Chopper crash investigation
■ Australian Transport Safety Bureau says pilot didn’t have access to maps
LAST week the Australian Transport Safety Bureau (ATSB) presented its investigation into the helicopter accident in Piries in July, the second helicopter crash in the area just this year.
The report found that the pilot completed all preparations possible before the flight and that similar incidents had happened nearby in the past.
On July 6, police and emergency services attended a call to Mansfield-Woods Point Road, Piries, on Saturday afternoon, after a helicopter crashed on a private property just after 3pm.
A Robinson R44 helicopter, along with a pilot and passenger, struck a powerline before colliding with the ground on a private flight from a property near Mansfield.
A male and female in their 40s were on board and treated at the scene before being airlifted to hospital.
The female received serious injuries while the male received minor injuries.
An investigation into the incident was then immediately enacted.
The new report highlights a lack of electricity network maps available for pilots, saying that before the flight, the pilot had indeed sought and obtained some information about hazards, including powerlines, from the property owner.
However, the owner was not aware of a distribution powerline strung across the nearby valley with a span of 560 metres, and he could not see the wires from his property.
It was also discovered that this was not the first time this particular power line had been hit by aircraft.
The wires did not have aircraft markers, though the Australian Standard (AS 3891) does not require marking.
Unlike some other states, readily usable Victorian electricity network maps were not available to assist the pilot’s planning.
As a result, it is believed the pilot’s pre-flight planning did not identify the powerline, which the helicopter struck 48 metres above the ground, shortly after take-off.
The helicopter descended rapidly, travelling about 400 metres after the wire strike before colliding with the ground in an upright position, and rolling over, resulting in serious injuries to the passenger and minor injuries to the pilot.
“In Victoria, electricity network information is not readily available to aid pilots during the flight-planning process,” ATSB director of transport safety Stuart Macleod said.
“Such information provides valuable safety information to aid pilots in planning flights, and assists the visual identification of hazards, such as wires and poles.”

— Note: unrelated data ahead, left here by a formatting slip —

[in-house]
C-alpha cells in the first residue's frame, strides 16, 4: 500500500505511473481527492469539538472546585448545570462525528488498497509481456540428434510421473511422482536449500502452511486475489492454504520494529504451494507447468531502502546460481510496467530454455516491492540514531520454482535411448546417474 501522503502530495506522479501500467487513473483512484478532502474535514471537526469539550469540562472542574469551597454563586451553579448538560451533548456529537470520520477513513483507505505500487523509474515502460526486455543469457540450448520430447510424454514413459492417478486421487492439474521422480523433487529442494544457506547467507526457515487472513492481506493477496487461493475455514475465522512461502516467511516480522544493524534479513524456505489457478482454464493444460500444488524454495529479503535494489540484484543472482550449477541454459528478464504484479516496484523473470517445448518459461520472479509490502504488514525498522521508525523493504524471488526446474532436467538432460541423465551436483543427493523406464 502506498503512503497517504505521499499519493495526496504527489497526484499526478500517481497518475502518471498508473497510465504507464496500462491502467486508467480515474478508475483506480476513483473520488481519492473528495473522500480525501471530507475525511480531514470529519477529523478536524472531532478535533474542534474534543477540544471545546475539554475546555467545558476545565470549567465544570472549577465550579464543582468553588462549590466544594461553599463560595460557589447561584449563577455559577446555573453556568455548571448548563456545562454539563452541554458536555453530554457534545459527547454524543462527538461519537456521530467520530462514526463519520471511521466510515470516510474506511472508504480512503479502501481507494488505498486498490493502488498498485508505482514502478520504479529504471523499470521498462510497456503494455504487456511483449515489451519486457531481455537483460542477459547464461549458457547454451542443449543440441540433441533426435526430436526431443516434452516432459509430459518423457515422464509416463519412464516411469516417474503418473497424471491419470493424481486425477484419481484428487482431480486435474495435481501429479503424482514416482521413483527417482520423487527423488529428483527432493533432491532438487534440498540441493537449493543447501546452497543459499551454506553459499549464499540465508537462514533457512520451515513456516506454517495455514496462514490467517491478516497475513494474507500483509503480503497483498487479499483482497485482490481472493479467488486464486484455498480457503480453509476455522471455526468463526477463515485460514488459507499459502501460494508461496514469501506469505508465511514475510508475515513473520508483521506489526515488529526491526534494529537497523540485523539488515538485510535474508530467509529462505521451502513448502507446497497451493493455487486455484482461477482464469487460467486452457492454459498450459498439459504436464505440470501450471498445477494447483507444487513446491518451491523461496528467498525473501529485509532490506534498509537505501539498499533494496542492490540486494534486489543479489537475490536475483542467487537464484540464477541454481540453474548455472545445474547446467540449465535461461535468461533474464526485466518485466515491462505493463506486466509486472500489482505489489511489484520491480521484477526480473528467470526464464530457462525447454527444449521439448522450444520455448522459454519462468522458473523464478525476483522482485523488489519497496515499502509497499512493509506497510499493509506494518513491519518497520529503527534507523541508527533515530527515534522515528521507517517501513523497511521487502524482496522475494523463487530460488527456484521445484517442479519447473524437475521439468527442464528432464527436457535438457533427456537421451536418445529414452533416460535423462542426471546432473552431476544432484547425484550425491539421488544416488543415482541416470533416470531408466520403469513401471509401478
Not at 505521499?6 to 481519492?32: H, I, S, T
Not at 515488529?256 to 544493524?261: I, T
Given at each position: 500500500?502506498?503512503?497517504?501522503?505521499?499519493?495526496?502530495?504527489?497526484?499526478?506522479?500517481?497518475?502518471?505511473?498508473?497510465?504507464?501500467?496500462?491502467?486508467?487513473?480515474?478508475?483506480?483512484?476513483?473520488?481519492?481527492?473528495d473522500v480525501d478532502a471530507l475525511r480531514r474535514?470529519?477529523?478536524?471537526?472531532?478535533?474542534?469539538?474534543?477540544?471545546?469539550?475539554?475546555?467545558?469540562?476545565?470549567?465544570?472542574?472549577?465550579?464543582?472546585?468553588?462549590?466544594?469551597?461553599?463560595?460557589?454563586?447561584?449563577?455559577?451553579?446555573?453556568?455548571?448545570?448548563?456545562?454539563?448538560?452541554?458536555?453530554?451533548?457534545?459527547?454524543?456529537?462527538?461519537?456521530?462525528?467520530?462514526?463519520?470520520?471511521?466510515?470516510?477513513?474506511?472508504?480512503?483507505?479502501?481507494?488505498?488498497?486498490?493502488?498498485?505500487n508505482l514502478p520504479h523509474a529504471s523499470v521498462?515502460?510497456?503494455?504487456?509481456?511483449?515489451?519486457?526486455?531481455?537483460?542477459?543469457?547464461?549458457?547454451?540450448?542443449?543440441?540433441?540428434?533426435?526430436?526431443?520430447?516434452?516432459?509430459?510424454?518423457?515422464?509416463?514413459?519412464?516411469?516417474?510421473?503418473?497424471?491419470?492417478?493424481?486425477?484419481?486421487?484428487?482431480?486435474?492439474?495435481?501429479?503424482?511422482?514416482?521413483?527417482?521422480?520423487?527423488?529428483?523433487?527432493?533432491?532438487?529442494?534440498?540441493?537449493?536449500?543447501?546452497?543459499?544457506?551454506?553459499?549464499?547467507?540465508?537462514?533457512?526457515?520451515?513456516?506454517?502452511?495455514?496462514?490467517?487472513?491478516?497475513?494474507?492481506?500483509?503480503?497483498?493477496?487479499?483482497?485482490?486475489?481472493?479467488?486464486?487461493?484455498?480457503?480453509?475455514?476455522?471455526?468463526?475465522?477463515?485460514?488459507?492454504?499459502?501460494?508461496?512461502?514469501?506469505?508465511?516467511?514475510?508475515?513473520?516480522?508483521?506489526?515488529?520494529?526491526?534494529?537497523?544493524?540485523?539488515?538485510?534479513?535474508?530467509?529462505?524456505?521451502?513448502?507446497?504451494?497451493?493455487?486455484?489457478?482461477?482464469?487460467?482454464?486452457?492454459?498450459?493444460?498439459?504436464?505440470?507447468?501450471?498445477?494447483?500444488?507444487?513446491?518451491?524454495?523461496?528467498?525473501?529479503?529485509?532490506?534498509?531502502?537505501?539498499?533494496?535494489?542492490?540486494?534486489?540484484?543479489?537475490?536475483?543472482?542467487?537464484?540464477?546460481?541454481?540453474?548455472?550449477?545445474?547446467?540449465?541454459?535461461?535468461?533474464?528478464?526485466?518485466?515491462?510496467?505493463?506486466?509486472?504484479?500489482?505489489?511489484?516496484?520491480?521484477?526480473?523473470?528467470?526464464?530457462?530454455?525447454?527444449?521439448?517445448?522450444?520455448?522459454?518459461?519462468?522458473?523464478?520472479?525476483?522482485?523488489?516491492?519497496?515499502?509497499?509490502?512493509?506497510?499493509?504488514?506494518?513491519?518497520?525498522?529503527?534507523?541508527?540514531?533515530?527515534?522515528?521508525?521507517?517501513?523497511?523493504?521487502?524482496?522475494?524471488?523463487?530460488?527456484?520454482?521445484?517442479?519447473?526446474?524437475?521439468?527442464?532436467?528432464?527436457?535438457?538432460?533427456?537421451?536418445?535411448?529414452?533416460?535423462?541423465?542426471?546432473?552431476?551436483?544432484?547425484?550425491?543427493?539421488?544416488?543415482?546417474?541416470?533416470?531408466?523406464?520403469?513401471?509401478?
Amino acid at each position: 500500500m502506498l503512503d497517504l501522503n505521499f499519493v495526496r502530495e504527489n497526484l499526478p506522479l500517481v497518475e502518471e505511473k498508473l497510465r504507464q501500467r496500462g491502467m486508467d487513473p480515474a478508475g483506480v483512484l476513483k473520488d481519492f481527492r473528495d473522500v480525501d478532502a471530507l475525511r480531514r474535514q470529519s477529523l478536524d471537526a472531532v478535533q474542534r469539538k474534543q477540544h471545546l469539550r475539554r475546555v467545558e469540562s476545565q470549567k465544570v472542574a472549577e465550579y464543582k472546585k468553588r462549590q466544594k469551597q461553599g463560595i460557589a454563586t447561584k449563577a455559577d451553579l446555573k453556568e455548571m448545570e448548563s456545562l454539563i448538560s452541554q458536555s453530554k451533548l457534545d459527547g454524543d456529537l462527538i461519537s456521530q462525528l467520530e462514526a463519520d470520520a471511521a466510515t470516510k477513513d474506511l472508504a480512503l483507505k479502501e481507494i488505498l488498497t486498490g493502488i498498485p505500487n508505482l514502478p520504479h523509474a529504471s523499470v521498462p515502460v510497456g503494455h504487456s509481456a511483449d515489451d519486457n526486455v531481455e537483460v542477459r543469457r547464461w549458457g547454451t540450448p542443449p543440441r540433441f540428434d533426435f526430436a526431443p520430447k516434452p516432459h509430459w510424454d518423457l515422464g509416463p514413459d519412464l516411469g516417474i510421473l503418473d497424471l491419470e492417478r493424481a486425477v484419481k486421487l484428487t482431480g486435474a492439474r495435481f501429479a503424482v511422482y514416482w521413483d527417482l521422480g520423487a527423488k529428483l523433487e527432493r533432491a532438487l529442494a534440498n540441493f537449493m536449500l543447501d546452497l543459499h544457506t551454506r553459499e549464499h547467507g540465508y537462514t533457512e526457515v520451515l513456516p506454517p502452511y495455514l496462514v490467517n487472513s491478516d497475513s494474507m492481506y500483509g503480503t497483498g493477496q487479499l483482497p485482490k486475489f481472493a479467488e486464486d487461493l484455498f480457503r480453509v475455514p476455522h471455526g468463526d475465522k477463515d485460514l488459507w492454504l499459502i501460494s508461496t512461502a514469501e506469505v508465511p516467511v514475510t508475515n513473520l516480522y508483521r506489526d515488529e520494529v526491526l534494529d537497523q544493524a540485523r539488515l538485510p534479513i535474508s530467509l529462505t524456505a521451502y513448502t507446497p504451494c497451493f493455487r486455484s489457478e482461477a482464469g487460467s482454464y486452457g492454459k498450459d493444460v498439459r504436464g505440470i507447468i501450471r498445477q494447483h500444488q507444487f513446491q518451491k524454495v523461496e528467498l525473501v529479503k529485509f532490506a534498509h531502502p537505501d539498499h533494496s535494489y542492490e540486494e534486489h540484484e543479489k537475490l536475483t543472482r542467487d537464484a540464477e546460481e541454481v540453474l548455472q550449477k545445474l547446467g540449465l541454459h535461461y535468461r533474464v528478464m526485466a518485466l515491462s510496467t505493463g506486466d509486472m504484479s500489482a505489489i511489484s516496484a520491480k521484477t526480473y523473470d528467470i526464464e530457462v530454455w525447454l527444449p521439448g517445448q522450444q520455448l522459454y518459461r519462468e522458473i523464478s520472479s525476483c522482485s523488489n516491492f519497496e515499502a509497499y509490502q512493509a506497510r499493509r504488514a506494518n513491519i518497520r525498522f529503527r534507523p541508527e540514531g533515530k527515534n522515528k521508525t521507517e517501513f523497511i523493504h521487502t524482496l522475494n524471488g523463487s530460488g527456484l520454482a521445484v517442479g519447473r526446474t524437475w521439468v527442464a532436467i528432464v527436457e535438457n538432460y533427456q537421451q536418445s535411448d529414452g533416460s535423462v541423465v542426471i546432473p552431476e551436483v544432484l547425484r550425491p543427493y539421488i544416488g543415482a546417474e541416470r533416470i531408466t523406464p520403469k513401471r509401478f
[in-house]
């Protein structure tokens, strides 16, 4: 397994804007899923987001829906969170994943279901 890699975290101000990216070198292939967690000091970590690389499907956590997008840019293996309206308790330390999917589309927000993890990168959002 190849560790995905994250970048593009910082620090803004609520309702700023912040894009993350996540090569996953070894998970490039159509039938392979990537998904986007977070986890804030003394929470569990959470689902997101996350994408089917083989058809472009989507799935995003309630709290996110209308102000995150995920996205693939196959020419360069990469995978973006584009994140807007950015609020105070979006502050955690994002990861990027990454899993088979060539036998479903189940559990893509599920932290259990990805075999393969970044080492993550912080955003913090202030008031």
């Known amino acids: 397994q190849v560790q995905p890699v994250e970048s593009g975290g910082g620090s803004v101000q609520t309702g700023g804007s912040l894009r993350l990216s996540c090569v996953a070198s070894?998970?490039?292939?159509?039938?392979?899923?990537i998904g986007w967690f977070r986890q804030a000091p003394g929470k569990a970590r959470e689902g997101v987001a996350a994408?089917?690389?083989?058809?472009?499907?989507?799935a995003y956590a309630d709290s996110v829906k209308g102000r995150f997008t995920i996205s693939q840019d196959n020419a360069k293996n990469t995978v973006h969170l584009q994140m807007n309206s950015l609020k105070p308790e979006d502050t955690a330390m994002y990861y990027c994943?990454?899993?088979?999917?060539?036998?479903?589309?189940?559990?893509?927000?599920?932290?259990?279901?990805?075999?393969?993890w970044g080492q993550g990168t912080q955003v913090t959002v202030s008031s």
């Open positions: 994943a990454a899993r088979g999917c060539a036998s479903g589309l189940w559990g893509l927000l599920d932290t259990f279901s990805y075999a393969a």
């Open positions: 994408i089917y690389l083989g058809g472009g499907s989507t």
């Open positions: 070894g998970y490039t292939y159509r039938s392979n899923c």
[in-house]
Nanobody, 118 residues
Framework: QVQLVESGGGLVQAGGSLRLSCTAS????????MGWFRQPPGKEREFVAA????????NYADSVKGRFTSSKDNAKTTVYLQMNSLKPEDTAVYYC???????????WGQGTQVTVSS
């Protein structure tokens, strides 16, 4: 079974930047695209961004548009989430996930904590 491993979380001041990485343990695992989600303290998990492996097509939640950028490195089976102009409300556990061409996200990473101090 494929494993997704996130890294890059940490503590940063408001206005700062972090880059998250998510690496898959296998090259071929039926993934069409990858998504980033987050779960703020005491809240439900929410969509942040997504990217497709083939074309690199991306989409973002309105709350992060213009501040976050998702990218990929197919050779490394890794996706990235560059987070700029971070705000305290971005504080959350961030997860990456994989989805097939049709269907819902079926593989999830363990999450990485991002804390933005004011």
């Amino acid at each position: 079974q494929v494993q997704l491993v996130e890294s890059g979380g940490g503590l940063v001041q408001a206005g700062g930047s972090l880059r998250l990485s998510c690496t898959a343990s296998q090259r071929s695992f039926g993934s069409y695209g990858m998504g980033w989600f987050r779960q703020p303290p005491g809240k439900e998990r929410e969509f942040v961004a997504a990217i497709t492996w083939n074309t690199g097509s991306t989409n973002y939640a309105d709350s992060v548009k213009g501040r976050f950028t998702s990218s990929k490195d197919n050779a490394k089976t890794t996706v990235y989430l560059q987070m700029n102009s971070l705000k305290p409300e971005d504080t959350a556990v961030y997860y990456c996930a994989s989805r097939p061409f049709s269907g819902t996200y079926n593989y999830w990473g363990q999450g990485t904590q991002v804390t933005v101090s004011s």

He also said it is good practice to always maintain a height of at least 500 feet above ground level and that the investigation also highlighted that pilots flying at low level should always be scanning the terrain on either side of their flight path for poles and towers.
But he added that they should avoid low flying at all unless it is necessary.
“The ability of pilots to detect powerlines depends on physical characteristics such as the spacing of power poles, the orientation of the wire, and the effect of weather conditions,” he said.
“Depending on the environmental conditions, powerlines may not be contrasted against the surrounding environment.
“In addition, the size of the wire and limitations of the eye can mean that it is actually impossible to see the wire.
“Therefore, it is good practice to always maintain a height of at least 500 feet above ground level except during take-off and landing.”
After the accident, local landowners advised the ATSB that the powerline was erected in the 1970s, and that an aircraft conducting aerial agriculture had struck it in the 1980s.
They reported that following that past incident, orange plastic marker balls had been fitted to the wires, however, they had perished over time and not been replaced.
“Effective wire avoidance can be achieved using a combination of available wire location information; wire marking; and the avoidance of unnecessary low flying, especially flight below the height of surrounding higher terrain where wire spans may be present,” Mr Macleod reiterated.
The incident was the second of its kind this year in the shire, with four people lucky to walk away from a helicopter crash in January after a landing went wrong on the edge of Lake Eildon, near Howqua Inlet.
Mansfield police and other emergency services were on the scene quickly, where it was reported on arrival that the occupants were out of the cockpit and the chopper itself was lying on its side.
Thankfully, there was no fire present and the four occupants were reported as not sustaining serious injuries.
The ability of pilots to detect powerlines depends on physical characteristics such as the spacing of power poles, the orientation of the wire, and the effect of weather conditions. - ATSB DIRECTOR OF TRANSPORT SAFETY STUART MACLEOD